Allopolyploidy and Autopolyploidy

There are two major divisions of meiosis that lead to aneuploidy, can create an environment where autopolyploidy is very likely. This fact can be exploited in a laboratory setting by using colchicine to inhibit chromosome segregation during meiosis, creating synthetic autopolyploid plants.

Following polyploidy events, there are several possible fates for duplicated genes; both copies may be retained as functional genes, change in gene function may occur in one or both copies, gene silencing may mask one or both copies, or complete gene loss may occur.[13][16] Polyploidy events will result in higher levels of heterozygosity, and, over time, can lead to an increase in the total number of functional genes in the genome. As time passes after a genome duplication event, many genes will change function as a result of either change in duplicate gene function for both allo- and autopolyploid species, or there will be changes in gene expression caused by genomic rearrangements induced by genome duplication in allopolyploids. When both copies of a gene are retained, and thus the number of copies doubled, there is a chance that there will be a proportional increase in expression of that gene, resulting in twice as much mRNA transcript being produced. There is also the possibility that transcription of a duplicated gene will be down-regulated, resulting in less than two-fold increase in transcription of that gene, or that the duplication event will yield more than a two-fold increase in transcription.[17] In one species, Glycine dolichocarpa (a close relative of the soybean, Glycine max), it has been observed that following a genome duplication roughly 500,000 years ago, there has been a 1.4 fold increase in transcription, indicating that there has been a proportional decrease in transcription relative to gene copy number following the duplication event.[17]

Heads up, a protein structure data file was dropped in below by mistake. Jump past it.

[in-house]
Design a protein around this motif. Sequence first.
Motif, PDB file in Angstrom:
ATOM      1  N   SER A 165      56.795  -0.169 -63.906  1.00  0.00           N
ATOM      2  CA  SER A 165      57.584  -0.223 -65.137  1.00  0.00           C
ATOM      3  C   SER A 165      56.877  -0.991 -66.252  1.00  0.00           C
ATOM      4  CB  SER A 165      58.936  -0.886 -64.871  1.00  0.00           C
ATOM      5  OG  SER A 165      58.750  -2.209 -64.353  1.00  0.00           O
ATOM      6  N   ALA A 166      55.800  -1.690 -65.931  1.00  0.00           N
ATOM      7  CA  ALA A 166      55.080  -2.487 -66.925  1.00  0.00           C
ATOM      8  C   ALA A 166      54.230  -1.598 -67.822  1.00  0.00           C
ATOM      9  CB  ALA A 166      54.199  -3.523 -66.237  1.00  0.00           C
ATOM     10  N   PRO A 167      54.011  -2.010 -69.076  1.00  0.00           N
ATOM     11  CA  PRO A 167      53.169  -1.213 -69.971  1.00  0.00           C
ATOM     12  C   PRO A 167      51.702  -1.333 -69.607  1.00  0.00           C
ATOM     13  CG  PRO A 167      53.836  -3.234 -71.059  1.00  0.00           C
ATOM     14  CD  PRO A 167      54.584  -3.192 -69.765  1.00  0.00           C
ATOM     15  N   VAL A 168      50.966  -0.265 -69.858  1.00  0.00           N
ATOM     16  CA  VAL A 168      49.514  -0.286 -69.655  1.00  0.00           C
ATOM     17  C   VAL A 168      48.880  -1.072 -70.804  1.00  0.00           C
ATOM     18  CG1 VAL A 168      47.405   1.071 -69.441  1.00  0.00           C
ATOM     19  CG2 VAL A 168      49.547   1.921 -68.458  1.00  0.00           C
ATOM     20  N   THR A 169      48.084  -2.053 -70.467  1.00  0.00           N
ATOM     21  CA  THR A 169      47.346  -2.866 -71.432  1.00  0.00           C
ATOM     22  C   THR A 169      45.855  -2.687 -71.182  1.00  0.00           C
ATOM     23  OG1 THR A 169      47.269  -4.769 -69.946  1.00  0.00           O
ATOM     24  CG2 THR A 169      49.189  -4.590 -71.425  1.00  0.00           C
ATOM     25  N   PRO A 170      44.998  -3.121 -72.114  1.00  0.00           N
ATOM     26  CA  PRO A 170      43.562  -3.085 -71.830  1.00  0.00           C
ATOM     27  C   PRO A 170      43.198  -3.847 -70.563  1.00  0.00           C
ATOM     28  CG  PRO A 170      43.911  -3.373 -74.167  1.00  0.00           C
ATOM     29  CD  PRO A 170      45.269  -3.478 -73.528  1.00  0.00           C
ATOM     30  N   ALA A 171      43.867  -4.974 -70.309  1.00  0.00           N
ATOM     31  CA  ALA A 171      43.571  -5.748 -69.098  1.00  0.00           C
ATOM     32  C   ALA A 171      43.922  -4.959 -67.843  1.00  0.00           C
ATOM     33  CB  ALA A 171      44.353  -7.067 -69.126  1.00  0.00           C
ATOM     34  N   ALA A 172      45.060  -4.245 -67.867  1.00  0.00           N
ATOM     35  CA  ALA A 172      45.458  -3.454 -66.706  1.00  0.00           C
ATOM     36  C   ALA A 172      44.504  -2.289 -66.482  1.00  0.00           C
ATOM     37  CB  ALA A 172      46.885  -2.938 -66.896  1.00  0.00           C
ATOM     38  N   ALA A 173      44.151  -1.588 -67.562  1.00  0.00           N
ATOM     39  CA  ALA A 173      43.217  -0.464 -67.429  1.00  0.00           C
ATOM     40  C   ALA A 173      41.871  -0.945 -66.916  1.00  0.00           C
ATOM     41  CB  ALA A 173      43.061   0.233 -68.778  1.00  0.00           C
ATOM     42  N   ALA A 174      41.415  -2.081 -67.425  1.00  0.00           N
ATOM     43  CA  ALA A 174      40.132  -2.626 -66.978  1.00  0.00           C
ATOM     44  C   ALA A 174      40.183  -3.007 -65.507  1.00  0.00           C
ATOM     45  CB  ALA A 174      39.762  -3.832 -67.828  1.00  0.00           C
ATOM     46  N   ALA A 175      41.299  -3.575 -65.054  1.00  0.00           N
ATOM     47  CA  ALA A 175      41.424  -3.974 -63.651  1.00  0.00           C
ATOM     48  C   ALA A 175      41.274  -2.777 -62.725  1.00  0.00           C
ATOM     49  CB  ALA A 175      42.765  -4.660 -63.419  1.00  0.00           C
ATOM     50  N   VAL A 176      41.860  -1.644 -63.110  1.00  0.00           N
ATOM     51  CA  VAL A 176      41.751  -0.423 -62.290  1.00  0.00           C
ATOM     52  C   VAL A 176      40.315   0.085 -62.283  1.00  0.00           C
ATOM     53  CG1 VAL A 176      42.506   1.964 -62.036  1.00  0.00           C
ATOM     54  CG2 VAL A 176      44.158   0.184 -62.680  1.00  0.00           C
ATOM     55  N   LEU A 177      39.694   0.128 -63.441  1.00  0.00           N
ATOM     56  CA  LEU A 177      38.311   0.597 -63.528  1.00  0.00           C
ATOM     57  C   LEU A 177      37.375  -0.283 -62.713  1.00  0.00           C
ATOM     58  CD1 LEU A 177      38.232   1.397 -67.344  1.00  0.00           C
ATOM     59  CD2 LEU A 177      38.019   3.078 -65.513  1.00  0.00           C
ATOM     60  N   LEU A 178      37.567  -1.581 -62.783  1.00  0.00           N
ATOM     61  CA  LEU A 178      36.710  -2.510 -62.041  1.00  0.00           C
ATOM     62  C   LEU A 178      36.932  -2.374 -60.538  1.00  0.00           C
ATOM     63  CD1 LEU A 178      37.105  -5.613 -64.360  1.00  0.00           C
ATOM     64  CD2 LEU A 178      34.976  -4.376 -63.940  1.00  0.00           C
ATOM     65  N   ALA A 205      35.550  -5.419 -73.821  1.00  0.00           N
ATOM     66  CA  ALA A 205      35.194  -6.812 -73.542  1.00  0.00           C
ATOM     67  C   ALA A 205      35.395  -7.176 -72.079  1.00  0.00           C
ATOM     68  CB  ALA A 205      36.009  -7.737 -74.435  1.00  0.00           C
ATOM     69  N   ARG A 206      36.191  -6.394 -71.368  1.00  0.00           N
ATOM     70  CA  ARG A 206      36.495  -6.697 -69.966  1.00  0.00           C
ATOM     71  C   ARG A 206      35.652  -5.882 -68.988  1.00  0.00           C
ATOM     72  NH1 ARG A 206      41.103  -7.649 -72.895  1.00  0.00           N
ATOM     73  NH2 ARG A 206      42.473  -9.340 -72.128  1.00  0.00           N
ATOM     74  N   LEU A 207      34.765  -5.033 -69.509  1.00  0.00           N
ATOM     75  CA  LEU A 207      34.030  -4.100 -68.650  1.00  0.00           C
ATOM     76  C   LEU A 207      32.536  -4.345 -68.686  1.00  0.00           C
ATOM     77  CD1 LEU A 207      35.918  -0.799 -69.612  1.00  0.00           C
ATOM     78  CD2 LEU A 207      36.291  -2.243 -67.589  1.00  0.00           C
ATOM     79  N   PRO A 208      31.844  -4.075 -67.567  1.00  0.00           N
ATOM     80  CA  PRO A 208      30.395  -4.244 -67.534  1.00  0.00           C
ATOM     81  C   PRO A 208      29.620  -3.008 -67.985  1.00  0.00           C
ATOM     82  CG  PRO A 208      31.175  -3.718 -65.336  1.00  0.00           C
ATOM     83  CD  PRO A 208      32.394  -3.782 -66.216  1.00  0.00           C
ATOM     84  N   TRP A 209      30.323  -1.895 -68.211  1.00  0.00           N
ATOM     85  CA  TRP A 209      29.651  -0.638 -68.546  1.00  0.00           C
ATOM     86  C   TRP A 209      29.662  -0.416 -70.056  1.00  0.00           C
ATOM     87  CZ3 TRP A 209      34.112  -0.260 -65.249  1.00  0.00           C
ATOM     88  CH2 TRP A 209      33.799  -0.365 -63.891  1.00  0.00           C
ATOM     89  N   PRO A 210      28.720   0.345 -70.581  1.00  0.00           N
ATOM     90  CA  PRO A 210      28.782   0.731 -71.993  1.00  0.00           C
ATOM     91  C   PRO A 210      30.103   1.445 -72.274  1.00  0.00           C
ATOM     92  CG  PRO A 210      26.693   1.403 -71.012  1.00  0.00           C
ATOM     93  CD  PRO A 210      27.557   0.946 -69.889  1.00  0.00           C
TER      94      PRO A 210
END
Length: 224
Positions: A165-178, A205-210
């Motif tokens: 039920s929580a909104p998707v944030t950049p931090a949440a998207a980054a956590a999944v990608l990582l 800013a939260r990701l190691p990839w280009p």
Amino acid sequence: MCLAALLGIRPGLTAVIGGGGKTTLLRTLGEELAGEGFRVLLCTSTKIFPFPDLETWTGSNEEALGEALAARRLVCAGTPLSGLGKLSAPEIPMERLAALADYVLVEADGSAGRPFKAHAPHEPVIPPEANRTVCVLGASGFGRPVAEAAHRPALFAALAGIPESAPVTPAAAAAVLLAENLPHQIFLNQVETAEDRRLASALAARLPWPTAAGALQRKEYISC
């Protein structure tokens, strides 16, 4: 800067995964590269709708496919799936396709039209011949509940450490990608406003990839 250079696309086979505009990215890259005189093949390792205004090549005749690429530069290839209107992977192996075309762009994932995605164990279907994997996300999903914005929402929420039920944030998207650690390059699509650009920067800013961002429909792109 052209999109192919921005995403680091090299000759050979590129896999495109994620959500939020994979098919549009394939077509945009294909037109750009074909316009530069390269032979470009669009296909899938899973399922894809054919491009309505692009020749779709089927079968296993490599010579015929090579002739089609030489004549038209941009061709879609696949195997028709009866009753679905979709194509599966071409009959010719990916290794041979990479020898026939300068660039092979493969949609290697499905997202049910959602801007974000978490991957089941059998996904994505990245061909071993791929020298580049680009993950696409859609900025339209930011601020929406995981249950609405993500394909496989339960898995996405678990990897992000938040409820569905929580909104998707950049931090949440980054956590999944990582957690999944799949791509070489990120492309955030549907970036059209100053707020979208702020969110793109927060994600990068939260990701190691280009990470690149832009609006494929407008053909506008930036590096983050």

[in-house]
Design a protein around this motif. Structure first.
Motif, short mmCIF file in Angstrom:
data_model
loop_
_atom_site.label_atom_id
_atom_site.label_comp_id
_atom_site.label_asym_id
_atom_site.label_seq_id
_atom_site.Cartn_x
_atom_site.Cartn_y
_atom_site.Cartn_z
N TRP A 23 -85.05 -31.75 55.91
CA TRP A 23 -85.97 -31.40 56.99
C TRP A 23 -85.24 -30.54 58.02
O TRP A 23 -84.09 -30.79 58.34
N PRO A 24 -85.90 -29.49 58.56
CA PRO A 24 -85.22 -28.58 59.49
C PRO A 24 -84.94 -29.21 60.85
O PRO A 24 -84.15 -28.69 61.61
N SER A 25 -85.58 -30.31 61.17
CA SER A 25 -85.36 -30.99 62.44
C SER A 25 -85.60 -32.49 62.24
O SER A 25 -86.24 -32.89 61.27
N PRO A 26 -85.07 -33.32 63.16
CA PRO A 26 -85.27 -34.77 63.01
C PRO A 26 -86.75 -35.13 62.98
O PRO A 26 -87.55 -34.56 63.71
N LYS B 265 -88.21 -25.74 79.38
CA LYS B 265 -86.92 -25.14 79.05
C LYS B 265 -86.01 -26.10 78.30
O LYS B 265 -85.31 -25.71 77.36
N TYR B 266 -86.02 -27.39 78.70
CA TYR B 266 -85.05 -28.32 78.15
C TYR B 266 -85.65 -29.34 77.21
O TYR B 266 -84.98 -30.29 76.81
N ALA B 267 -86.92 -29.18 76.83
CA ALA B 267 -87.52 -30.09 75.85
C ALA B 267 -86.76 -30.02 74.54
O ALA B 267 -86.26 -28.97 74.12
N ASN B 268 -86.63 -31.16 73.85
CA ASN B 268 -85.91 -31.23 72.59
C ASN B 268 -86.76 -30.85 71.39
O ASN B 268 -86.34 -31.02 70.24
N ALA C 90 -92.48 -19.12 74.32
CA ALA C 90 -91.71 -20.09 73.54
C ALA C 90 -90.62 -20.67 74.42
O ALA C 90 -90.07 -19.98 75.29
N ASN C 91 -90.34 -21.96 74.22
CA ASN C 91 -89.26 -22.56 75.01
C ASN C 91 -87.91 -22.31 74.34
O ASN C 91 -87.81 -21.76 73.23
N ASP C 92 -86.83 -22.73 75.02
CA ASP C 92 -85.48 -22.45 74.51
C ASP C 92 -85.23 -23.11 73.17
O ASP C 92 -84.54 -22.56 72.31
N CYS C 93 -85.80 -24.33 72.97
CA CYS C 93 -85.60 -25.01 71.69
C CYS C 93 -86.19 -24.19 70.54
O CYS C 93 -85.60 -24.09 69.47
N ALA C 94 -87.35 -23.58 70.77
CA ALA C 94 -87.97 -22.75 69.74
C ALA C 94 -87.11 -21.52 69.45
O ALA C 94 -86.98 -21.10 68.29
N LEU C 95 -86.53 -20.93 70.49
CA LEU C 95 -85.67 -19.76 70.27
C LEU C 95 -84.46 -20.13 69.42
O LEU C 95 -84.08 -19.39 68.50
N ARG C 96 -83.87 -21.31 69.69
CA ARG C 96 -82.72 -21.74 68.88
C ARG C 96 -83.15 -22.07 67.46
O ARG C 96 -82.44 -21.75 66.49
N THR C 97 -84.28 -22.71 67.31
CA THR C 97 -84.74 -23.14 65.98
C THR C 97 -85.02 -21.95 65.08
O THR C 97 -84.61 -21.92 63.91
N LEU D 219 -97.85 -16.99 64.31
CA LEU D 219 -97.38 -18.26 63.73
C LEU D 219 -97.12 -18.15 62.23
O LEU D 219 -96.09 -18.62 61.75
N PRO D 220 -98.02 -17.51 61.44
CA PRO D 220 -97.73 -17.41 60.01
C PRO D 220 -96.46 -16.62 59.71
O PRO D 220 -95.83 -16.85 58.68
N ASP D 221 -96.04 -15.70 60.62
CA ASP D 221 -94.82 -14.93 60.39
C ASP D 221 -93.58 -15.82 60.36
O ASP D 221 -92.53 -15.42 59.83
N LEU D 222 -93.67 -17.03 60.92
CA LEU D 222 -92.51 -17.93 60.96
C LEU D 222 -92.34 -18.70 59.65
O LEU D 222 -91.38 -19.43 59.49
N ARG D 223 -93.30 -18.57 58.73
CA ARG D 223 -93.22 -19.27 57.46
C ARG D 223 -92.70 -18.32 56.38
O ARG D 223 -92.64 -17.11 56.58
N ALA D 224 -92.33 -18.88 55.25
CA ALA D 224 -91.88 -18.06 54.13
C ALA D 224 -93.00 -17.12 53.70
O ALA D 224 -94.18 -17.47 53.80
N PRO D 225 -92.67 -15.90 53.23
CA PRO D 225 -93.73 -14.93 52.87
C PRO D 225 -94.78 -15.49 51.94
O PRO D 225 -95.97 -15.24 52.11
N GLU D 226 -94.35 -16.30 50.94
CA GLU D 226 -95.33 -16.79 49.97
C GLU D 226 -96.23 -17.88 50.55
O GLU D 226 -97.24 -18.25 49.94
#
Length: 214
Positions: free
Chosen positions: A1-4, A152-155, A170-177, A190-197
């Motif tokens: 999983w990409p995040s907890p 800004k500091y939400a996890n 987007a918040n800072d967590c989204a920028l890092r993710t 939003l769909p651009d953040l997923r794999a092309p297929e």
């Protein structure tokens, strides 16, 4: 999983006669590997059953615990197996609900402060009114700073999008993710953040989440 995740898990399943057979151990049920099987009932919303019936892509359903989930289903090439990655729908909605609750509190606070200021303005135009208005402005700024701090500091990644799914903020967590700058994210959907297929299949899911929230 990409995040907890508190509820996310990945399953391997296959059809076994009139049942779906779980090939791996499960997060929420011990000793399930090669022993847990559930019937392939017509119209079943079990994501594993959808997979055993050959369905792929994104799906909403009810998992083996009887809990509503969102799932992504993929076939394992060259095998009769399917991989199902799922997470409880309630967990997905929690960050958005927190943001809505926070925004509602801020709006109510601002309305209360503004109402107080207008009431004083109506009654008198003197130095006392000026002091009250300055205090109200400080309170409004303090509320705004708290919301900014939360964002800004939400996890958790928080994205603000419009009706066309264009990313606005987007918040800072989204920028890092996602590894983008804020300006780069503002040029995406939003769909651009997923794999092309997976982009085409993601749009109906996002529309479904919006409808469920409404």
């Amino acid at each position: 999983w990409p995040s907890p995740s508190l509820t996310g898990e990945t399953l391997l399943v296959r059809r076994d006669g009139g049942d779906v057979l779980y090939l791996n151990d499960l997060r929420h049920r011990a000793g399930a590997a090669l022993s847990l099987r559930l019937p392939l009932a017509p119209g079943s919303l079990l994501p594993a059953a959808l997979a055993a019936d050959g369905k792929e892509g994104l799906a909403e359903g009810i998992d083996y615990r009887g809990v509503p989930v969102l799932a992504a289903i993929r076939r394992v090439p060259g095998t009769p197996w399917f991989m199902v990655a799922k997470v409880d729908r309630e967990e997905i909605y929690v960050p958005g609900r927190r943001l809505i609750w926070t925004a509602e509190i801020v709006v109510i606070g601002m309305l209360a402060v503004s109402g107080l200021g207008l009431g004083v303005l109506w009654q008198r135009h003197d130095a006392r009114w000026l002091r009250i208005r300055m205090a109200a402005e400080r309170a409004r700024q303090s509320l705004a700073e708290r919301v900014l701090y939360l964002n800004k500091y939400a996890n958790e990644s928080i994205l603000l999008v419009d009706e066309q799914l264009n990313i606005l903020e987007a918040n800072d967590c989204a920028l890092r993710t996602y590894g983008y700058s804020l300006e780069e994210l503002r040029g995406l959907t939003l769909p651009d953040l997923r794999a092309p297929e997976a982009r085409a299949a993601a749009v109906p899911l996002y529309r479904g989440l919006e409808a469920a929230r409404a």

Vertebrates as paleopolyploid

The hypothesis of vertebrate paleopolyploidy originated as early as the 1970s, proposed by the biologist Susumu Ohno. He reasoned that the vertebrate genome could not achieve its complexity without large scale whole-genome duplications. The "two rounds of genome duplication" hypothesis (2R hypothesis) came about, and gained in popularity, especially among developmental biologists.

Some researchers have questioned the 2R hypothesis because it predicts that vertebrate genomes should have a 4:1 gene ratio compared with invertebrate genomes, and this is not supported by findings from the 48 vertebrate genome projects available in mid-2011. For example, the human genome consists of ~21,000 protein coding genes according to June, 2011 counts at UCSC and Ensembl genome analysis centers while an average invertebrate genome size is about 15,000 genes. The amphioxus genome sequence provided support for the hypothesis of two rounds of whole genome duplication, followed by loss of duplicate copies of most genes.[18] Additional arguments against 2R were based on the lack of the (AB)(CD) tree topology amongst four members of a gene family in vertebrates. However, if the two genome duplications occurred close together, we would not expect to find this topology.[19] A recent study generated the sea lamprey genetic map, which yielded strong support for the hypothesis that a single whole-genome duplication occurred in the basal vertebrate lineage, preceded and followed by several evolutionarily independent segmental duplications that occurred over chordate evolution.[20]

See also

References

  1. ^ Kellis, M.; Birren, B. W.; Lander, E. S. (2004). "Proof and evolutionary analysis of ancient genome duplication in the yeast Saccharomyces cerevisiae". Nature 428 (6983): 617–624.  
  2. ^ a b Bowers, J. E.; Chapman, B. A.; Rong, J.; Paterson, A. H. (2003). "Unravelling angiosperm genome evolution by phylogenetic analysis of chromosomal duplication events". Nature 422 (6930): 433–438.